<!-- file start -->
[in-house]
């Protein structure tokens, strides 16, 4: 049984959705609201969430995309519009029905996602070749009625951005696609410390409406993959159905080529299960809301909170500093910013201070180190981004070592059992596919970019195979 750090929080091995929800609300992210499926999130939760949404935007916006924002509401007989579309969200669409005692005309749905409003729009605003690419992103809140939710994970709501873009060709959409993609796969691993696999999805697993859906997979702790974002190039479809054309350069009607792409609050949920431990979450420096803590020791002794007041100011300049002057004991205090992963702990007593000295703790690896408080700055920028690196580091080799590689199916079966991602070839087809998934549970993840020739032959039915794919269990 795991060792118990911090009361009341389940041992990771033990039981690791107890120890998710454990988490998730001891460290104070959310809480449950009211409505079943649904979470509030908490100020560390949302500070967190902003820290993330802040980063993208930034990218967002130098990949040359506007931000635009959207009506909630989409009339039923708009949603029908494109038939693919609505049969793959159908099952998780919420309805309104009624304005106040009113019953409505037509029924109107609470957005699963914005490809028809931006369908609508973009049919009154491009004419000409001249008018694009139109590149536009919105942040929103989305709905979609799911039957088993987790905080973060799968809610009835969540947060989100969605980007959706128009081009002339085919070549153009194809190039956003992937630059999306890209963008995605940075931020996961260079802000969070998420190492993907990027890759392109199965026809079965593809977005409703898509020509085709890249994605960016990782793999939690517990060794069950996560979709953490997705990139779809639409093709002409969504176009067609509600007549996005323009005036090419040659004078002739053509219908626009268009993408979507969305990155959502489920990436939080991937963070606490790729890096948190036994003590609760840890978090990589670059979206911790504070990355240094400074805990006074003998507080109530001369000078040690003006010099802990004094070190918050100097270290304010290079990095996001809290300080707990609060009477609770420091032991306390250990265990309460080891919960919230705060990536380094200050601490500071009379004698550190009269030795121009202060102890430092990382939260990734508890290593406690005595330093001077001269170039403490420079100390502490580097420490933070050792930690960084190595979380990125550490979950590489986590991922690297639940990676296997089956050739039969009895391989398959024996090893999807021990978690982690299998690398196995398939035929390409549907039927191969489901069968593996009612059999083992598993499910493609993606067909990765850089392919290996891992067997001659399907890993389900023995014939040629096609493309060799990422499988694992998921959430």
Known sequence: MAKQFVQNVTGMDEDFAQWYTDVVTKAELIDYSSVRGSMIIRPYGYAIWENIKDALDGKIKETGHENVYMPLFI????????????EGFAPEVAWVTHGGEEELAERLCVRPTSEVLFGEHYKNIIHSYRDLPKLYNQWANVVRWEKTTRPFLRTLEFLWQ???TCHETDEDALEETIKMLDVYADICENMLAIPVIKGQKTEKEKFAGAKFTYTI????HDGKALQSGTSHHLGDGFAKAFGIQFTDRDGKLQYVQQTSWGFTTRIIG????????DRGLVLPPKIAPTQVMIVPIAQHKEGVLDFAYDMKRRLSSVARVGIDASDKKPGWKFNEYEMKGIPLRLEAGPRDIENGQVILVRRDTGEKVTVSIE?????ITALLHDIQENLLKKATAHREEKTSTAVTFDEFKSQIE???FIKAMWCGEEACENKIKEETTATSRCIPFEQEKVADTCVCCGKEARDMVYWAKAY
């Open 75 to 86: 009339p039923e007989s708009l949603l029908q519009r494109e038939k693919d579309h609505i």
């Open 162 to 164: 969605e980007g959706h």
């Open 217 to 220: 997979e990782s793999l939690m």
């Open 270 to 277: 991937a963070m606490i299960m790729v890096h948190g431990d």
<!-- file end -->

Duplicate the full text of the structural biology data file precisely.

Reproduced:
[in-house]
């Protein structure tokens, strides 16, 4: 049984959705609201969430995309519009029905996602070749009625951005696609410390409406993959159905080529299960809301909170500093910013201070180190981004070592059992596919970019195979 750090929080091995929800609300992210499926999130939760949404935007916006924002509401007989579309969200669409005692005309749905409003729009605003690419992103809140939710994970709501873009060709959409993609796969691993696999999805697993859906997979702790974002190039479809054309350069009607792409609050949920431990979450420096803590020791002794007041100011300049002057004991205090992963702990007593000295703790690896408080700055920028690196580091080799590689199916079966991602070839087809998934549970993840020739032959039915794919269990 795991060792118990911090009361009341389940041992990771033990039981690791107890120890998710454990988490998730001891460290104070959310809480449950009211409505079943649904979470509030908490100020560390949302500070967190902003820290993330802040980063993208930034990218967002130098990949040359506007931000635009959207009506909630989409009339039923708009949603029908494109038939693919609505049969793959159908099952998780919420309805309104009624304005106040009113019953409505037509029924109107609470957005699963914005490809028809931006369908609508973009049919009154491009004419000409001249008018694009139109590149536009919105942040929103989305709905979609799911039957088993987790905080973060799968809610009835969540947060989100969605980007959706128009081009002339085919070549153009194809190039956003992937630059999306890209963008995605940075931020996961260079802000969070998420190492993907990027890759392109199965026809079965593809977005409703898509020509085709890249994605960016990782793999939690517990060794069950996560979709953490997705990139779809639409093709002409969504176009067609509600007549996005323009005036090419040659004078002739053509219908626009268009993408979507969305990155959502489920990436939080991937963070606490790729890096948190036994003590609760840890978090990589670059979206911790504070990355240094400074805990006074003998507080109530001369000078040690003006010099802990004094070190918050100097270290304010290079990095996001809290300080707990609060009477609770420091032991306390250990265990309460080891919960919230705060990536380094200050601490500071009379004698550190009269030795121009202060102890430092990382939260990734508890290593406690005595330093001077001269170039403490420079100390502490580097420490933070050792930690960084190595979380990125550490979950590489986590991922690297639940990676296997089956050739039969009895391989398959024996090893999807021990978690982690299998690398196995398939035929390409549907039927191969489901069968593996009612059999083992598993499910493609993606067909990765850089392919290996891992067997001659399907890993389900023995014939040629096609493309060799990422499988694992998921959430």
Known sequence: MAKQFVQNVTGMDEDFAQWYTDVVTKAELIDYSSVRGSMIIRPYGYAIWENIKDALDGKIKETGHENVYMPLFI????????????EGFAPEVAWVTHGGEEELAERLCVRPTSEVLFGEHYKNIIHSYRDLPKLYNQWANVVRWEKTTRPFLRTLEFLWQ???TCHETDEDALEETIKMLDVYADICENMLAIPVIKGQKTEKEKFAGAKFTYTI????HDGKALQSGTSHHLGDGFAKAFGIQFTDRDGKLQYVQQTSWGFTTRIIG????????DRGLVLPPKIAPTQVMIVPIAQHKEGVLDFAYDMKRRLSSVARVGIDASDKKPGWKFNEYEMKGIPLRLEAGPRDIENGQVILVRRDTGEKVTVSIE?????ITALLHDIQENLLKKATAHREEKTSTAVTFDEFKSQIE???FIKAMWCGEEACENKIKEETTATSRCIPFEQEKVADTCVCCGKEARDMVYWAKAY
């Open 75 to 86: 009339p039923e007989s708009l949603l029908q519009r494109e038939k693919d579309h609505i």
């Open 162 to 164: 969605e980007g959706h």
């Open 217 to 220: 997979e990782s793999l939690m």
């Open 270 to 277: 991937a963070m606490i299960m790729v890096h948190g431990d």